Admittedly, this has been pure poppycock on my part. There's no reason vegetarian or vegan vittles cannot taste divine when prepared properly, although I'm sure there are many like me who've cringed at the thought of munching meatless meals. Indeed, before stopping by Udupi Cafe on Scottsdale Road in Tempe, I would have regarded such rabbit food as putatively healthful, yet entirely lacking in any flavor. I neglected to consider the fact that some cultures have spent thousands of years perfecting the art of making fleshless feasts worthy of eating. In the case of Udupi, we're talking about Indian cuisine, with its strong tradition of Hindu-inspired vegetarianism.
Most of us are familiar with North Indian fare. And we've all delighted in curries containing chicken or lamb. But Udupi specializes in South Indian cuisine, which is quite different from its Northern cousin, though no less delectable. The eatery's name refers to a district in the southwestern Indian state of Karnataka, famous both for its temples and its street food vendors. Udupi's handsome, congenial proprietor Mr. Nagappan Chettiar tells me he hails from this area originally, though over the years he's worked as a chef in New York, Minnesota, and elsewhere.
I don't think I've seen so many South Asian folk in one place during my entire time in this burg as I have at Udupi during dinner. And as you might imagine, that was a sign of good things to follow. The place is 100 percent vegetarian, and about 80 percent vegan, to judge from the stars on the bill of fare that alert you as to which items fall into the latter category. Though Chettiar says the restaurant doesn't use eggs, milk products such as yogurt and butter are utilized on occasion. I throw this out there for those who care about such things. All I care about is my palate, which was much pleased by nearly everything I ordered.
What a thrill it was to eat iddly, dine on dosai, and have vada for my victuals. Iddly ain't piddly, to coin a rhyme. (Where's Bo Diddley when you need him?) They're fat, steamed dumplings of ground rice and lentils, and you eat them with various condiments served in little steel cups, such as chutneys made of tamarind and date, coconut, tomato, mint, or sambar, a light soup of lentil flour, and veggies. Iddly is popular in India for breakfast, and usually looks white, though my favorite was the kancheepurum iddly, yellowish from spices, and topped with coriander, shredded carrot, and a few cashew nuts. Even more than iddly, I liked the fried lentil doughnuts known as vada, which can come smothered in a variety of gravies, like sambar or a thick, sour yogurt sauce topped with the lightly fried leaves of the curry tree. This is a savory treat more than a sweet one, though it can be made somewhat sweet with the liberal addition of tamarind-date chutney.
Nothing prepares you for the magnificent simplicity of Udupi's dosai, these thin, sometimes crispy rice crepes, eaten with chutneys or filled with various ingredients such as onion, cauliflower, tomato, and so on. Cracking open these long crepe rolls and devouring the hot mushy innards, like potato and onion cooked in butter and lightly spiced, I can see why dosai can be enjoyed all day long as a tiffin, that old British term for snacks. Crikey, but I wish I had two or three to nibble on as I scribble this review!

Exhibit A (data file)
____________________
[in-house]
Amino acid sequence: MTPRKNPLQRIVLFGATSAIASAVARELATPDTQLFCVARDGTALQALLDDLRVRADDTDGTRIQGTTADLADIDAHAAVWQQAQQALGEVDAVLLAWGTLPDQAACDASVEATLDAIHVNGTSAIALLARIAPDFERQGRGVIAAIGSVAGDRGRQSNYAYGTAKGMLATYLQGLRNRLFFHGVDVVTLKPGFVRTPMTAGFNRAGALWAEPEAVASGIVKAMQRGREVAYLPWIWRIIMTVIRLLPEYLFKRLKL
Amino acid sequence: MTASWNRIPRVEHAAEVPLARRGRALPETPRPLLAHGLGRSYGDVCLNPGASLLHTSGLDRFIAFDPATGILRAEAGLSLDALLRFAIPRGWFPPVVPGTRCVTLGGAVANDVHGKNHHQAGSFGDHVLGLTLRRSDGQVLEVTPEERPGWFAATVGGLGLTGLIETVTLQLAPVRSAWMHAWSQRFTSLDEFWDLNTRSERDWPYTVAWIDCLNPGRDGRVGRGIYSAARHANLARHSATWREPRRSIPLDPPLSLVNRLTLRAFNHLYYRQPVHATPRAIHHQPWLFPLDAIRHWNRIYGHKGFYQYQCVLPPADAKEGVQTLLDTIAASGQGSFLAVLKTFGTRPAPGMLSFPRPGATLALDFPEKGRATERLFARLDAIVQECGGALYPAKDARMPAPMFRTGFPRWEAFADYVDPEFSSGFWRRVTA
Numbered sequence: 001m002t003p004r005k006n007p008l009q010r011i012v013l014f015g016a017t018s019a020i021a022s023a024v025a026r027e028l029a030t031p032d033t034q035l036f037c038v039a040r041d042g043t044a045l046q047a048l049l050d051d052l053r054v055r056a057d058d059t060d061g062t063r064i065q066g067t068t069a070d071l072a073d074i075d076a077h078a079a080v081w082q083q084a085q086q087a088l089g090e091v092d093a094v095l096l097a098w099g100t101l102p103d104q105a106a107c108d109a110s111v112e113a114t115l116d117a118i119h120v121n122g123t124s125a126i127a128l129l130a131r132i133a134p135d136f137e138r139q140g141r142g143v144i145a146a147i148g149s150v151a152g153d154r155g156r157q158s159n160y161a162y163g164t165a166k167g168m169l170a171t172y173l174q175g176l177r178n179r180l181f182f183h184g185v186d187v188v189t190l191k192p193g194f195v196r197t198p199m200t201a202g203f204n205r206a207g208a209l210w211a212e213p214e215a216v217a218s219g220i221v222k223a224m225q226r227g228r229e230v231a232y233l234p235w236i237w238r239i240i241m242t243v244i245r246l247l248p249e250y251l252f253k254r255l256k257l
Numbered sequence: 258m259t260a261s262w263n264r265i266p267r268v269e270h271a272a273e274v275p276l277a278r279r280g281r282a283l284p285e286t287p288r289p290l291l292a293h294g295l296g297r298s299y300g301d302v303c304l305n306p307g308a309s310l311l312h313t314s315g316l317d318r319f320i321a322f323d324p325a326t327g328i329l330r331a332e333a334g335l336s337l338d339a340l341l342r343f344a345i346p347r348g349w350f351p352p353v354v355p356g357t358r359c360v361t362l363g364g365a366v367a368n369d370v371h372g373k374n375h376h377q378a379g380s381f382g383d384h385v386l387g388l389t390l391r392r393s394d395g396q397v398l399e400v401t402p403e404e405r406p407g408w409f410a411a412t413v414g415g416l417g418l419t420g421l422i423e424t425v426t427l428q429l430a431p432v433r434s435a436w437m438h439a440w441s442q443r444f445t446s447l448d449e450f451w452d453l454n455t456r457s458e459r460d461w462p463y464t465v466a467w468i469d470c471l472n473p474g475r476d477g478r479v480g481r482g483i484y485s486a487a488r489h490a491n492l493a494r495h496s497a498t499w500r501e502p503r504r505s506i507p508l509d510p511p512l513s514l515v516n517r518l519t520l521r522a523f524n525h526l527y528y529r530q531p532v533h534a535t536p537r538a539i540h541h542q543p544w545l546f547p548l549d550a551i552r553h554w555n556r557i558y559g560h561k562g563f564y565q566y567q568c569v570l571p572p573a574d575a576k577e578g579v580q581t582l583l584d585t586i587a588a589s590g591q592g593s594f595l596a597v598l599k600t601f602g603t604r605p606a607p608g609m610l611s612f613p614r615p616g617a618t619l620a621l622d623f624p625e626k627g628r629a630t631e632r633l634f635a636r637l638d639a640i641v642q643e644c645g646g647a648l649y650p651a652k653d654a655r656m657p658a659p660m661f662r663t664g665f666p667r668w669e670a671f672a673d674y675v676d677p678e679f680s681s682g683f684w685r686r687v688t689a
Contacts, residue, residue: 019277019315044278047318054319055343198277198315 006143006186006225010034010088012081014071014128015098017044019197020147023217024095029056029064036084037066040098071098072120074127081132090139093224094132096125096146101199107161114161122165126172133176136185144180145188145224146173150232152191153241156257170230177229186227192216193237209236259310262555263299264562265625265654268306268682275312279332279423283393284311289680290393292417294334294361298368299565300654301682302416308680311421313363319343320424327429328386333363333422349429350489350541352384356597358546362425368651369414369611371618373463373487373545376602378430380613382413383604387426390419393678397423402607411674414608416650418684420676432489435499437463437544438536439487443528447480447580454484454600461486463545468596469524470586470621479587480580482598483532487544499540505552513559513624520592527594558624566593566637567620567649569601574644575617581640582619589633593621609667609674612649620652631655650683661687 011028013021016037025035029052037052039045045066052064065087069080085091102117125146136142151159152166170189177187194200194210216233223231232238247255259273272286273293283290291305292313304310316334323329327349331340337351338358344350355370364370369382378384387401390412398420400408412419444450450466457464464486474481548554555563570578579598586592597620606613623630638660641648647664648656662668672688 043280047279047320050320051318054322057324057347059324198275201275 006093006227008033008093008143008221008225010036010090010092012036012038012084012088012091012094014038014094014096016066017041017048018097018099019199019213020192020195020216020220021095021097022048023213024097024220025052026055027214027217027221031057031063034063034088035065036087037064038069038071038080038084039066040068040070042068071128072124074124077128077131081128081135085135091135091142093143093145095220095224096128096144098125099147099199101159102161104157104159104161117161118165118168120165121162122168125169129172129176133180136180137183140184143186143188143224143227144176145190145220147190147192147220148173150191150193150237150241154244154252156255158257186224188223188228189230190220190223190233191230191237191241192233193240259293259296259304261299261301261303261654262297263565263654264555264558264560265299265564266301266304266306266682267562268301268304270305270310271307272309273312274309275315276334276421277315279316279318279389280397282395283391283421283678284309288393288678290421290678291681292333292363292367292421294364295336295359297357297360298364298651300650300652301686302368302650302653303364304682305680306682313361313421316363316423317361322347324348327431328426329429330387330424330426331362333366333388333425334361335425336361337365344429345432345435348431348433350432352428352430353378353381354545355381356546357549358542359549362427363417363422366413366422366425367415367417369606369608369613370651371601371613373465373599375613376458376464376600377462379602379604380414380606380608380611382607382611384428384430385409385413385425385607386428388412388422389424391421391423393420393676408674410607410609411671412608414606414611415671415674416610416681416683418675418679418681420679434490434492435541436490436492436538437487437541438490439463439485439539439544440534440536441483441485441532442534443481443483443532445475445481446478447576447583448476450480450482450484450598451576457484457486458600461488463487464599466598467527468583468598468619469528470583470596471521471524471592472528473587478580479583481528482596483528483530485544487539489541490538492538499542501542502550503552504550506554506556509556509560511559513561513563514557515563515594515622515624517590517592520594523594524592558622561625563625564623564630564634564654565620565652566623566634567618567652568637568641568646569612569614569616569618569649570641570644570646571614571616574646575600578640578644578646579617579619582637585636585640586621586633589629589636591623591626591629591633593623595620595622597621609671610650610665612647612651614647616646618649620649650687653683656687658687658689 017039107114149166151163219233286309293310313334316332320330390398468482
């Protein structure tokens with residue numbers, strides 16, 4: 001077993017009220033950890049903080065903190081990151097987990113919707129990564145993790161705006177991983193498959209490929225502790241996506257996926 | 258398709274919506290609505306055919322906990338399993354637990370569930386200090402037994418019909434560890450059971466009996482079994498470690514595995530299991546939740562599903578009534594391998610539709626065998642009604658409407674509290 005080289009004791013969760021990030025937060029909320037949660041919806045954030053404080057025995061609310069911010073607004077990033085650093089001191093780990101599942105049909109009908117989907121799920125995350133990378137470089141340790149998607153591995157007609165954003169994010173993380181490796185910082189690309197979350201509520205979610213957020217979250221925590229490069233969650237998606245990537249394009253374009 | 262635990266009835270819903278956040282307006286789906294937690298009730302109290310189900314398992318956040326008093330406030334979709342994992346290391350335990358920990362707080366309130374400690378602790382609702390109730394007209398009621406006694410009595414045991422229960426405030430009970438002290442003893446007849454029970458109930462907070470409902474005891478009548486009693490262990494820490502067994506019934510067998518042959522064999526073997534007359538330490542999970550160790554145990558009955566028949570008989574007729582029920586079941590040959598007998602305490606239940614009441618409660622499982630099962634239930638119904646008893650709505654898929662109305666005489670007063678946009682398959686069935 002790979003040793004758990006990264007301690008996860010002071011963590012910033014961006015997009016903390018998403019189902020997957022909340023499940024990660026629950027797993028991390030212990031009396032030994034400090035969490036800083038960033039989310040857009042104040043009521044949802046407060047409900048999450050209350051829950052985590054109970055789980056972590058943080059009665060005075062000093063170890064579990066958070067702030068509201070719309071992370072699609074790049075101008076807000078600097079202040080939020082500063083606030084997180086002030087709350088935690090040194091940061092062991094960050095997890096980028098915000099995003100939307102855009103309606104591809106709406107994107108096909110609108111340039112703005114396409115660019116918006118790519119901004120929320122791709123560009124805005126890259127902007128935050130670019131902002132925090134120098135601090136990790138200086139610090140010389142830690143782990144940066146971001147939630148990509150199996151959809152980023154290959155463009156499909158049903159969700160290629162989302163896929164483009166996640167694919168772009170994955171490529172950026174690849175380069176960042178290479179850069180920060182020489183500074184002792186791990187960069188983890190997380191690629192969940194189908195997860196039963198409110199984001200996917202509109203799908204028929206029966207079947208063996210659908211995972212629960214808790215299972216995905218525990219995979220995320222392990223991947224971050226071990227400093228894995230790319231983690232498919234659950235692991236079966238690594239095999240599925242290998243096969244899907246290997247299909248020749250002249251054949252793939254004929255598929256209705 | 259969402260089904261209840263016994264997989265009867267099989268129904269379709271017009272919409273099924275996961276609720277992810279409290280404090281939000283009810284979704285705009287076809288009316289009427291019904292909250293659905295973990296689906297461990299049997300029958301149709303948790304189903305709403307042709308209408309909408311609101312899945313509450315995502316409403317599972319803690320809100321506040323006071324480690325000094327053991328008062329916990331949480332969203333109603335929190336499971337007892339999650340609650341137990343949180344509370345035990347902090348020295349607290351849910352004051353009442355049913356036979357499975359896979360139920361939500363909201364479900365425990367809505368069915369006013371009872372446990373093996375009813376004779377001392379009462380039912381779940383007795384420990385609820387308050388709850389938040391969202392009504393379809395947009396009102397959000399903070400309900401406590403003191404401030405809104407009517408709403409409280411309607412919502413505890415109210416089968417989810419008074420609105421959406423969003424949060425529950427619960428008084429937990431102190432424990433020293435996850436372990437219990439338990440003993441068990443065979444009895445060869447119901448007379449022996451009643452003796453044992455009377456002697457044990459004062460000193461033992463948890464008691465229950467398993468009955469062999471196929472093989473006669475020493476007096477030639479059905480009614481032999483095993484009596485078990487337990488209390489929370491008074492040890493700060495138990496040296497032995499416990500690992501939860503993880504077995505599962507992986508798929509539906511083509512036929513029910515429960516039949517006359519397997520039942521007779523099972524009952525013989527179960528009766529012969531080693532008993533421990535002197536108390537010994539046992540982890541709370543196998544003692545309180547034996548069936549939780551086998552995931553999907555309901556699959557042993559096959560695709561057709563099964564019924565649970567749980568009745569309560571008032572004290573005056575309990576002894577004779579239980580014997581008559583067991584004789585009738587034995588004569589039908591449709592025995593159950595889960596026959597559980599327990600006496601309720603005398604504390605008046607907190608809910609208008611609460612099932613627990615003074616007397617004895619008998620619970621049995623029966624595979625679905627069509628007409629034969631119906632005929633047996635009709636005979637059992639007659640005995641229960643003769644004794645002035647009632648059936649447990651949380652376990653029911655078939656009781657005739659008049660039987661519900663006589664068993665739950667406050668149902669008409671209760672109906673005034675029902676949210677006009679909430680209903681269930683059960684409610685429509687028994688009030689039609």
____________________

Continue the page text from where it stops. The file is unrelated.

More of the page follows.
If your esophagus is flame-proof and you're looking for a challenge, I suggest Udupi's fiery chickpea and carrot vindaloo accompanied by the tamarind rice with peanuts and chiles. I downed nearly a gallon of water and several mango lassis (that yogurty Indian beverage) in an attempt to douse the conflagration in my mouth. Less spicy and more to my liking was the lemon rice, redolent of the fruit for which I'm named and topped with Spanish peanuts. I inhaled a colossal bowl of this lemon rice with another dish dear to my stomach, the kadai bhindi masala, or gooey okra prepared in an Indian pan known as a kadai, with onions and green peppers in a tangy red paste. I love okra, so if you're not fond of those green "lady's fingers," as they're occasionally called, best stay away from this one.
I so gorged myself on Indian-prepped veggies that I was far too full each time I went to try the carrot halwa, rice pudding, syrupy gulab jamoon pastries, or any of the other happy endings. Sorry about that, though I'm sure they're delish. I just couldn't stop noshing the warm, multilayered paratha bread, which I had once plain and once so stuffed with crushed garlic that I pity anyone walking within 20 yards of my porthole. Had a blast using this paratha to scoop up big helpings of dhal curry, mildly piquant from cumin, mustard seeds and other spices added to the marvelous lentil mush.
Chilly gobi sounds like something Indian teenagers might say to greet each other: "Hey, chilly gobi, mon." It resembles sweet and sour pork, but it's actually deep-fried balls of cauliflower, sautéed in a sauce of chiles, soy sauce, garlic and ginger. I'm not sure I could give up meat altogether for a plate of scrumptious nuggets such as these, but they do come close to hitting the mark.
I tried the buffet one day, and found it topnotch, though not as challenging as the regular supper menu. No one familiar with other, meat-centric Indian buffets in town will be boggled by the aloo gobi (potato and cauliflower curry), the very mild tomato-rice, or the much lighter dahl than served in the evening. But there are iddly, and as many rice crepes as you can handle. We're blessed to have Udupi in our midst. Short on ambiance, long on value and taste, Udupi proves that neither veganism nor vegetarianism need leave even a meat lover wanting.